Pope Benedict XVI canonized Malta’s first saint on Sunday. St. George Preca founded the Society for Christian Doctrine, popularly known as “Museum”. This is the acronym for the Latin phrase Fr. George would use to educate Malta in its love for God and neighbor — Magister Utinam Sequator Evangelium Universus Mundus (Divine Teacher, May the Whole World Follow Your Gospel).
Among the 5,000 Maltese who attended, including the Mediterranean country’s president and prime minister, was the five-year-old boy whose miraculous healing from severe liver problems was attributed to the intercession of Fr. George.
The healing of Eric Catania was the definitive second miracle required to canonize the Maltese priest. The boy’s identity had been kept secret according to the wishes of the family but was revealed recently by a British tabloid.
In 2001, the newborn Eric had developed severe liver problems and was sent to a local hospital. The baby’s condition worsened and he was sent to King’s College Hospital in London.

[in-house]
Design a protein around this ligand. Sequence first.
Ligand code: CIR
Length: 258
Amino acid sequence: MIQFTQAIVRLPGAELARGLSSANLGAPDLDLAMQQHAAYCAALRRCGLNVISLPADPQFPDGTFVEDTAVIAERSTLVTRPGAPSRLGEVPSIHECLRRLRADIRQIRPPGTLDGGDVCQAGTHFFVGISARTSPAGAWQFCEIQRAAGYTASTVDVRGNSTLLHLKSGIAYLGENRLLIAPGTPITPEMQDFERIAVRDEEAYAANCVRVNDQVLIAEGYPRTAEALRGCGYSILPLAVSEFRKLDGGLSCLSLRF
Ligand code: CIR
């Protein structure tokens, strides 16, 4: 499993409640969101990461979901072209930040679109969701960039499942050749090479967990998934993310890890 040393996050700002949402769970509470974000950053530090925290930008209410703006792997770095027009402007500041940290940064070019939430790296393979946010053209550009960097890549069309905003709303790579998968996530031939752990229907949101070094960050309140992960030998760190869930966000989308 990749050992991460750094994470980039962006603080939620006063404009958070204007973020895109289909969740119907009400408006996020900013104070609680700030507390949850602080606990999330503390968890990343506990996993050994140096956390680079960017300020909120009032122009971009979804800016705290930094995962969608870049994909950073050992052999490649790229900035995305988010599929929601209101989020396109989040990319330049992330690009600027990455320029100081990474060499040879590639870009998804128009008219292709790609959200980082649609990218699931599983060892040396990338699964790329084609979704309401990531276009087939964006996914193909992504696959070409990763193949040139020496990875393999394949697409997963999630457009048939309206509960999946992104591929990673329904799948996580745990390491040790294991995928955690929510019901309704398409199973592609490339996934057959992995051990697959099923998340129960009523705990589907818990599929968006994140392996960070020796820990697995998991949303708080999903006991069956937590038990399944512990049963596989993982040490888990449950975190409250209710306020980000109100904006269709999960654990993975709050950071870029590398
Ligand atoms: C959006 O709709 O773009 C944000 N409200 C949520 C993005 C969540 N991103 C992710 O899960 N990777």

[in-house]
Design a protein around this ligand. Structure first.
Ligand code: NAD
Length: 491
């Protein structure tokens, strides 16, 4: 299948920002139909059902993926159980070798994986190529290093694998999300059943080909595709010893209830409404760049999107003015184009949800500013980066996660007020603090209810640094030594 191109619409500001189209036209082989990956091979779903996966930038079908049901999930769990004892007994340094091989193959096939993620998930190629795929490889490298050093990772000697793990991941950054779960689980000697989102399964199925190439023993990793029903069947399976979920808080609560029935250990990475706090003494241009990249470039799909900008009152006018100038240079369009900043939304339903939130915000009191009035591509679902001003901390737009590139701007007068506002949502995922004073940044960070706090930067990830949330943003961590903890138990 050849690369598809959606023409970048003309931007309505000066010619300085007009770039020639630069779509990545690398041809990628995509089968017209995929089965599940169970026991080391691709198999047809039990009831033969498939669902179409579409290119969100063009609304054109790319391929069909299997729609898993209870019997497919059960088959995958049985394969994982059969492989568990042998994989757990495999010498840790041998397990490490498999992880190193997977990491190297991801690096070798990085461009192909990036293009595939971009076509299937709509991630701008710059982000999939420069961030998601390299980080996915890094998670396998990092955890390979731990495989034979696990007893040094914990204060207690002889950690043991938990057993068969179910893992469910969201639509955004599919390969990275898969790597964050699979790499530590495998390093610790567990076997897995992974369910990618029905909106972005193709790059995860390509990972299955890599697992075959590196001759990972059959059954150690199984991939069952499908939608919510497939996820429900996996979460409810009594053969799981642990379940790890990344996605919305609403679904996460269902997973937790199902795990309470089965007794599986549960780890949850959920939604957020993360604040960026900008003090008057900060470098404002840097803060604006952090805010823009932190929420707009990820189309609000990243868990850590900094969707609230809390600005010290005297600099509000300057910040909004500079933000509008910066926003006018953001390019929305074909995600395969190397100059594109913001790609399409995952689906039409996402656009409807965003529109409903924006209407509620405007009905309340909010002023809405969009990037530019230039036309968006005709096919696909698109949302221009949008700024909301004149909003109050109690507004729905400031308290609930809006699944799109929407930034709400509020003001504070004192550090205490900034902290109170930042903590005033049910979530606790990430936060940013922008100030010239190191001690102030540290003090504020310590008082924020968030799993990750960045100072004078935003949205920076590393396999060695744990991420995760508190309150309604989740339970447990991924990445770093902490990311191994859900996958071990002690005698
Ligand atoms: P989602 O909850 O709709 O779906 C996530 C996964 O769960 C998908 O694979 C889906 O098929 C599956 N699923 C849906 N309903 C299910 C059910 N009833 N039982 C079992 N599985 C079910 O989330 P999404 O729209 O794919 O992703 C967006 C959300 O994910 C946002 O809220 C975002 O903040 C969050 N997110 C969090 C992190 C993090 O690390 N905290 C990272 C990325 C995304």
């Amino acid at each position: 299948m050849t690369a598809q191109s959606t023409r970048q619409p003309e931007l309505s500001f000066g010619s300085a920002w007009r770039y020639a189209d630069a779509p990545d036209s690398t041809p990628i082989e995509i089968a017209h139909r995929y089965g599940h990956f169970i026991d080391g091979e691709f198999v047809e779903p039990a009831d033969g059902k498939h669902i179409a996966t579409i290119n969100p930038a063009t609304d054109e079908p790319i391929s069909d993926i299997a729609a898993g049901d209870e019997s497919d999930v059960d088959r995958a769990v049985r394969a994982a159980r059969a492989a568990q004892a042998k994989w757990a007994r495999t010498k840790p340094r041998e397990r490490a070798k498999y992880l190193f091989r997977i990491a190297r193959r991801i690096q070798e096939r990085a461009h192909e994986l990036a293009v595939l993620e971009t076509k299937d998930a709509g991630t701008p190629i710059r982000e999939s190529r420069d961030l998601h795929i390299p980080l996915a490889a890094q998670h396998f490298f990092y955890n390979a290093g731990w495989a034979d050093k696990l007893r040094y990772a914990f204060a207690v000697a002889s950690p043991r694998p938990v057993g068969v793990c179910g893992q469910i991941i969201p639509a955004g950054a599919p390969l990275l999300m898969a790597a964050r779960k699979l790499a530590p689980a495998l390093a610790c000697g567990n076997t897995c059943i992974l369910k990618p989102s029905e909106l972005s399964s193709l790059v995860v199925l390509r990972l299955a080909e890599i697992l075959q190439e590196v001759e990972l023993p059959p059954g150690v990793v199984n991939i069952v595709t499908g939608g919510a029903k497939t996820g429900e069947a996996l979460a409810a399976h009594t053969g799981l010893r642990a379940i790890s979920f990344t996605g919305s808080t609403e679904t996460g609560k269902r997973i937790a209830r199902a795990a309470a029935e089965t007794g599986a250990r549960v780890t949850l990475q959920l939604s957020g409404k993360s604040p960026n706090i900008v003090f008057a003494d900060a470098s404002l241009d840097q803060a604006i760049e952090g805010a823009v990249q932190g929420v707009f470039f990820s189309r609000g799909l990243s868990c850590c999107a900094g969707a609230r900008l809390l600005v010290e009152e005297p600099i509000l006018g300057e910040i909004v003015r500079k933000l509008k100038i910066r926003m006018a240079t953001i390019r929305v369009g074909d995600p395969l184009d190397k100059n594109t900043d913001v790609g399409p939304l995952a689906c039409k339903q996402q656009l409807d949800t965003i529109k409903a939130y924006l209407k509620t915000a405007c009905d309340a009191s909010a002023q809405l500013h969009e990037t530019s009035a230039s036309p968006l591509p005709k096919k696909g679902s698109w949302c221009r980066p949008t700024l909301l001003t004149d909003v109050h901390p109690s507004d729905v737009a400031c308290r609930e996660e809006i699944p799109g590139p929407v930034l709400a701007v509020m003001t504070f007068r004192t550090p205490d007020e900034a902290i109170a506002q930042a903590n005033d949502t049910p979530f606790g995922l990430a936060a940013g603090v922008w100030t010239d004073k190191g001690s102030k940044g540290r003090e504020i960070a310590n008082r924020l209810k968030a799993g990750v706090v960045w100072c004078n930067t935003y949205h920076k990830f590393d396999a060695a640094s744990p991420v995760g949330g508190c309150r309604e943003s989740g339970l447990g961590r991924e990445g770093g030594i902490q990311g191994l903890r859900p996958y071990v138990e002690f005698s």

His only hope of survival was a liver transplant. A few days before the surgery, however, doctors learned that the available organ would be rejected by the child’s body.
Hopeless, the child’s parents prayed for the miraculous intercession of Blessed George Preca. They even placed a glove on the child that was used for Fr. George’s exhumation.
Four days later, on July 24, 2001, doctors discovered that surgery was no longer required because Eric’s liver had miraculously started to function normally.
Eric was in Rome with his parents and 40 other family members for the canonization. He also received his First Communion yesterday from the Pope.
The Canonization Mass had strong Maltese input. Six excerpts from Fr. George’s writings were read at the beginning of the ceremony, 10 Maltese priests concelebrated with the Pope, and 50 Maltese priests distributed Holy Communion.